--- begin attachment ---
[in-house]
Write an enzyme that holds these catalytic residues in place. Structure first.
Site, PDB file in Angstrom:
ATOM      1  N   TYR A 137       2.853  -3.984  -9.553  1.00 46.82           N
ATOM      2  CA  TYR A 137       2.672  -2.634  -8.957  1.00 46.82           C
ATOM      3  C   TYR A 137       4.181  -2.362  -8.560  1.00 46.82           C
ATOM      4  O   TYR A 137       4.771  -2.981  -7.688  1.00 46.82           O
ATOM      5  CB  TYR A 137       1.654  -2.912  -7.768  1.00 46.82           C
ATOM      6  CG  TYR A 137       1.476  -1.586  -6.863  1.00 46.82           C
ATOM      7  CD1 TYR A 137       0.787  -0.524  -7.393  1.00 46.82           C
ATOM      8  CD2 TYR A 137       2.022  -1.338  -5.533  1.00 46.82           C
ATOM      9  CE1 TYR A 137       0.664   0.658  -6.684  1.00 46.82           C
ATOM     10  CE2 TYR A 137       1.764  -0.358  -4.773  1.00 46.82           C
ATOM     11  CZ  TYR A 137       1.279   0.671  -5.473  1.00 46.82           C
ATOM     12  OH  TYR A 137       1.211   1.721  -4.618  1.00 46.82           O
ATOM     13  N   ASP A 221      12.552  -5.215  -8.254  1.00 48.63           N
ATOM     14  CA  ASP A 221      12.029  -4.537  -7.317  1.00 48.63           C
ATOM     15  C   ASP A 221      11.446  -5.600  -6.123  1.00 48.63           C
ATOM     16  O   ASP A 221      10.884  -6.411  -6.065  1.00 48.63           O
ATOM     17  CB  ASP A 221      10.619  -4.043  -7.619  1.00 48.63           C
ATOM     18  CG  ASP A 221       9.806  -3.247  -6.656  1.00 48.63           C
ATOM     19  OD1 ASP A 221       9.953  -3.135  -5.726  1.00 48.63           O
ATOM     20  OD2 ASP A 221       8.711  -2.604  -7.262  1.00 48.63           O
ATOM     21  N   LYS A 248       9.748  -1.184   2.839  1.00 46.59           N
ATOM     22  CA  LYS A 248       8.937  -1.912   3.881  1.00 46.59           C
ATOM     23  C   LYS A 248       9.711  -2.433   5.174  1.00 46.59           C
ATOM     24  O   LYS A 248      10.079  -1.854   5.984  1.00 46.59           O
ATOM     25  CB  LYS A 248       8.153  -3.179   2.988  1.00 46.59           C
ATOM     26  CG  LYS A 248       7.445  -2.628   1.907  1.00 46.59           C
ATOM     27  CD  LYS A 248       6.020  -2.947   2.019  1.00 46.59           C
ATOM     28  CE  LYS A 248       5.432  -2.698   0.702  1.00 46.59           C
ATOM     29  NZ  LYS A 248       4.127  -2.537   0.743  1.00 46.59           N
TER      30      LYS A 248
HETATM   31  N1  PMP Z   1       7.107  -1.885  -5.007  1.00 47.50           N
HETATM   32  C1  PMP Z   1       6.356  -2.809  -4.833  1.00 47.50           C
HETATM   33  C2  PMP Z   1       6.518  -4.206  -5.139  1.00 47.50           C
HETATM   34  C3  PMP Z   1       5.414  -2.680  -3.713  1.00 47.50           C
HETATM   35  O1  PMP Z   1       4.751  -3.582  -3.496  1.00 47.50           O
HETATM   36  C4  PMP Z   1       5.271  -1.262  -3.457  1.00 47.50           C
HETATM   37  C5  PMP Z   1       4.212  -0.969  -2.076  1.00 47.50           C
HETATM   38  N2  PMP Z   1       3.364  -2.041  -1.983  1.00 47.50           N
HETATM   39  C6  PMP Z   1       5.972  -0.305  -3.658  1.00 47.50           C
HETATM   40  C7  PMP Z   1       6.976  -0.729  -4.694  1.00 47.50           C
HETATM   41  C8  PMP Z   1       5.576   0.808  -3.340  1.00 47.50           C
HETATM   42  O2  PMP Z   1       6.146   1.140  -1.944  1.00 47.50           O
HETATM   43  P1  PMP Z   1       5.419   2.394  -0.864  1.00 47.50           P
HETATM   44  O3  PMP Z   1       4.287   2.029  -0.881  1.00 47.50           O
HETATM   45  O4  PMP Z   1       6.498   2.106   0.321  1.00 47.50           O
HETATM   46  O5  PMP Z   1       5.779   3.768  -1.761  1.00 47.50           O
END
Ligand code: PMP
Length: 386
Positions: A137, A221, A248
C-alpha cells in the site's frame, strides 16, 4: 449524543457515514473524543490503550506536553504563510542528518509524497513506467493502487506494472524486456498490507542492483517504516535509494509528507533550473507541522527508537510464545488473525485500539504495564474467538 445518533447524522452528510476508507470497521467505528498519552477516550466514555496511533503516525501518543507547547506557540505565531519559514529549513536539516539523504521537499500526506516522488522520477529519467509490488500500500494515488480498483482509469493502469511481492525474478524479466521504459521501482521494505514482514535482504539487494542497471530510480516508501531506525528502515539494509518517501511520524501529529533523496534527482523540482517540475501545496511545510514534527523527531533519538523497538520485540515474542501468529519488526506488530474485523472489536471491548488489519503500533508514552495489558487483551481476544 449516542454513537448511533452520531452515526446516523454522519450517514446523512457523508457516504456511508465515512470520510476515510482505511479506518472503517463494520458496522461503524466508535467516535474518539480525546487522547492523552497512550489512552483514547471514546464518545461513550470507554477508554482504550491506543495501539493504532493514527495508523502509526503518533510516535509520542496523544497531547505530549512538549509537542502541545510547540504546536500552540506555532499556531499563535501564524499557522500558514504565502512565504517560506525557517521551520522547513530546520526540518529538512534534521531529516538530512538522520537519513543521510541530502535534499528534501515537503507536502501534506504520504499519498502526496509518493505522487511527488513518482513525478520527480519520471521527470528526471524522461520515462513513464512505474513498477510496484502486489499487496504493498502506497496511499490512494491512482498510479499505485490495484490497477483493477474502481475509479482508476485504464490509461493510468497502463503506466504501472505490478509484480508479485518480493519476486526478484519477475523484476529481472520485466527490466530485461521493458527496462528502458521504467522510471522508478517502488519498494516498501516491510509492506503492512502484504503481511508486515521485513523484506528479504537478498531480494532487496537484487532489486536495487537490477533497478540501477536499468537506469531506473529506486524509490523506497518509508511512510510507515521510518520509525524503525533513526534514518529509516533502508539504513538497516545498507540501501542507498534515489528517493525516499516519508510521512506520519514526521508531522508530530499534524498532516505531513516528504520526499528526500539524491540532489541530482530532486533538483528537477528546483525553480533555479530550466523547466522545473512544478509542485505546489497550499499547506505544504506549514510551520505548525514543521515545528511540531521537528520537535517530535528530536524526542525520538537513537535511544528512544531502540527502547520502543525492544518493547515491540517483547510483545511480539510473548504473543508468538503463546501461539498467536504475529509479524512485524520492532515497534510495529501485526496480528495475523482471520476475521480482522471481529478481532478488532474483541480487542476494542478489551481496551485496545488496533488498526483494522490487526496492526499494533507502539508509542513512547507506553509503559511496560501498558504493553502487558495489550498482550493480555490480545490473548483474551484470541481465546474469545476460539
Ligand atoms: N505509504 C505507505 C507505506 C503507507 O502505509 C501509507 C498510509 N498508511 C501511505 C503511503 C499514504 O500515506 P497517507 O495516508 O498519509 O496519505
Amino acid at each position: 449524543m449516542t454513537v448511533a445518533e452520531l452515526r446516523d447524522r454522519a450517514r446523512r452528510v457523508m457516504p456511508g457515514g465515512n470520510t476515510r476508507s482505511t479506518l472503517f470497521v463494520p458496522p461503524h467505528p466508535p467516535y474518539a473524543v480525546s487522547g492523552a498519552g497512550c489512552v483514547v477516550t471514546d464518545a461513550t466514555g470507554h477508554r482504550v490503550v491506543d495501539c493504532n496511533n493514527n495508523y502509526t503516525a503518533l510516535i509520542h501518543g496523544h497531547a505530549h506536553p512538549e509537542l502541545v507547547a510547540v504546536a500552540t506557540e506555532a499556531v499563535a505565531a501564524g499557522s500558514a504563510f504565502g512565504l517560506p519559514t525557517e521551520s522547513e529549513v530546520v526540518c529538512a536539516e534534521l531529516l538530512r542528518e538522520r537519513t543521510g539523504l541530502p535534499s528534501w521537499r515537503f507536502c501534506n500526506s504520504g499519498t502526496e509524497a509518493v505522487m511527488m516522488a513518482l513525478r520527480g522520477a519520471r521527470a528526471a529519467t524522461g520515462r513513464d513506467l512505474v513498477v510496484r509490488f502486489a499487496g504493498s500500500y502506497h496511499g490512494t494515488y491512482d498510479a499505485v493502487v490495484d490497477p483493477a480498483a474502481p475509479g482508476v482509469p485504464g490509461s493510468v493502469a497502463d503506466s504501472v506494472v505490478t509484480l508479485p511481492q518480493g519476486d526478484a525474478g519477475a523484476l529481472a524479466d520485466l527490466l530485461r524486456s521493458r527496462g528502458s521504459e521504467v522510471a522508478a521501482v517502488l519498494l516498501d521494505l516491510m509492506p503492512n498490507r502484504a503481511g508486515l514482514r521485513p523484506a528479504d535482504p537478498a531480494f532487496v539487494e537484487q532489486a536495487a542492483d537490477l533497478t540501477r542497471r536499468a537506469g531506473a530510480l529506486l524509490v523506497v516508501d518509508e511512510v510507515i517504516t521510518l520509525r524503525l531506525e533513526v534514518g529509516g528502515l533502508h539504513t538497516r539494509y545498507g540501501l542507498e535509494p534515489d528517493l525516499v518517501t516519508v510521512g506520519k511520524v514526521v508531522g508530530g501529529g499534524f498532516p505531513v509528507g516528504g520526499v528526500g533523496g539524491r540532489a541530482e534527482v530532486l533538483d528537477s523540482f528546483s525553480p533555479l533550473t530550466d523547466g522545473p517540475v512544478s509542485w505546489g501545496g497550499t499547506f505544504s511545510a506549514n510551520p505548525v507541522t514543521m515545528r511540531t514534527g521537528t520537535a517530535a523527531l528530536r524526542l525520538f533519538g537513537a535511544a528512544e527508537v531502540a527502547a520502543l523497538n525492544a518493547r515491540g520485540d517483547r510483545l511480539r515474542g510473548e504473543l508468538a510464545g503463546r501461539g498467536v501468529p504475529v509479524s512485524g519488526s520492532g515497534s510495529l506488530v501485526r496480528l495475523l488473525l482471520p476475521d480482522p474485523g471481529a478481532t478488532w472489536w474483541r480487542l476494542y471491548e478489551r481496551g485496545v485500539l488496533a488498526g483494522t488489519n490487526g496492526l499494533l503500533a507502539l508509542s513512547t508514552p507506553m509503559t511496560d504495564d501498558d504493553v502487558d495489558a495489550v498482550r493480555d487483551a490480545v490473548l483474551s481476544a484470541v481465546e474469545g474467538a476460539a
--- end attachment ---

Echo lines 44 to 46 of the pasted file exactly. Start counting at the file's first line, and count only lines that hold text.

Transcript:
HETATM   41  C8  PMP Z   1       5.576   0.808  -3.340  1.00 47.50           C
HETATM   42  O2  PMP Z   1       6.146   1.140  -1.944  1.00 47.50           O
HETATM   43  P1  PMP Z   1       5.419   2.394  -0.864  1.00 47.50           P